Inspiration: Dogs, and a mule.

What's Terrifying About It: Listening, following, cinder block-chucking.
In an earlier incarnation, headless BigDog the RoboMule merely stomped around, able to carry 340 pounds over rough terrain, uphill, going 4 miles per hour.

Then Boston Dynamics added a little bit of sinister bling: A fifth arm (head) that can throw stuff. Like, cinder blocks and stuff. How convenient.

But there are more members in the pack. AlphaDog can carry 400 pounds for 20 miles, and can even stand up after lying down. And, the LS3 – more a mule than a dog – can follow voice commands. And you. It's kind of like Siri, except less evil.

Videos: (top) Boston Dynamics/YouTube, (middle) Boston Dynamics/YouTube, (bottom) DARPA/YouTube

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2013.08.19 (17:22:18)
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Hummingbot
Inspiration: Hummingbird

What's Cool About It: Slightly sinister.
Equipped with a video camera, this remote-controlled spybot is an accomplished hummingbird impostor. Agile and weighing about as much as a AA battery, the robot-in-disguise can fly, hover, and maneuver like a real hummingbird. Which is all good, except that hummingbirds aren't found much outside the Americas – which means that this DARPA-sponsored creation might stand out in more than a few places.

Developed by AeroVironment. Video: theworacle/YouTube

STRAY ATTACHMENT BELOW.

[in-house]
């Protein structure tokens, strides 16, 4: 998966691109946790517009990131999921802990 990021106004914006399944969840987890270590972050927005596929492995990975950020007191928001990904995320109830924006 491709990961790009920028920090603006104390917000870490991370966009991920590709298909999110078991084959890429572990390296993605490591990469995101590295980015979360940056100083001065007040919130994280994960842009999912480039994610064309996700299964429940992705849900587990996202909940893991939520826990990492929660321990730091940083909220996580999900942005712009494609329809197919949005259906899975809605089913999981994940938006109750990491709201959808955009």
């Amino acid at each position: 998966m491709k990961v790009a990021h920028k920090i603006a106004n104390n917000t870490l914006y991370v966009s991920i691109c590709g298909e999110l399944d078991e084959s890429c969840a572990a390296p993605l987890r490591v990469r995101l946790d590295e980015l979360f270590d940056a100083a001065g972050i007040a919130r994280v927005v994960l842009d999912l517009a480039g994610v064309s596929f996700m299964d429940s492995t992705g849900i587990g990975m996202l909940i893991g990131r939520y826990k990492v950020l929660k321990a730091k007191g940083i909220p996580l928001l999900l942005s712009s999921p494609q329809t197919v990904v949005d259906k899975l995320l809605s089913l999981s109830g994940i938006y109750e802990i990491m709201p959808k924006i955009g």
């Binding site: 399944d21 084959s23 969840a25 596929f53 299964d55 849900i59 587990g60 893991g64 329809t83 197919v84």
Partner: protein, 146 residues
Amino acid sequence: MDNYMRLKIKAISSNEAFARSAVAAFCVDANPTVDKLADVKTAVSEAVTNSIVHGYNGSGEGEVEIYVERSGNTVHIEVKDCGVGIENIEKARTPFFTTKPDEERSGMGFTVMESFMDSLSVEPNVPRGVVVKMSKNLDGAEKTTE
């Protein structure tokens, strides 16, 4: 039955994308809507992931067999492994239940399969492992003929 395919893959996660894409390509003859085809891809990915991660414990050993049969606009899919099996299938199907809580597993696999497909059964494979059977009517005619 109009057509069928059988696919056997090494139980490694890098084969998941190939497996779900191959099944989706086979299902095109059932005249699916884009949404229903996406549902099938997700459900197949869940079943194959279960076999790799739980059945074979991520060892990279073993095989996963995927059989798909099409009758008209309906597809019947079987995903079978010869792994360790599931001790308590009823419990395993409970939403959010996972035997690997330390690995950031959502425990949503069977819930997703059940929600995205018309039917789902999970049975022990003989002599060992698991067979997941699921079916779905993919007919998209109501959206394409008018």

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2013.08.19 (17:24:35)
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Stairbot
Inspiration: Human.

What's Terrifying About It: Stair-climbing, treadmilling, push-upping rescue bot.
DARPA has a robot that can climb stairs and run on treadmills. Built by Boston Dynamics, the humanoid looks a bit like a cross between a person and General Grievous.

But it's supposed to help rescue people. A more recent video shows a DARPA-bot scrambling over obstacles and jumping.

We are certain these bots will harness their power for good. Right?

Video: DARPA/YouTube

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2013.08.19 (17:28:03)
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Bug-Bots
Inspiration: Bugs with guns.

What's Terrifying About It: They can kill people.
Now you see them, now they kill you. These flying mini-drones, depicted in an animation, are called Micro Air Vehicles. The Air Force has constructed a "micro-aviary" for testing small drones. A swarm of these robot-soldiers could lie in wait for weeks, then spring into action and unleash a chemical attack. With their ability to blend into cityscapes, crawl under windowsills, and navigate hallways, these tiny soldiers pack a lethal punch into a very small amount of space.

Video: WTWH Video/Design World

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2013.08.19 (17:31:14)
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Robuttocks
Inspiration: Human

What's Terrifying About It: Everything.
We're not sure what, or why, but this expressive, responsive bit of butt-bot is probably the scariest thing we've seen since bat-eating spiders.

Video: novriki/YouTube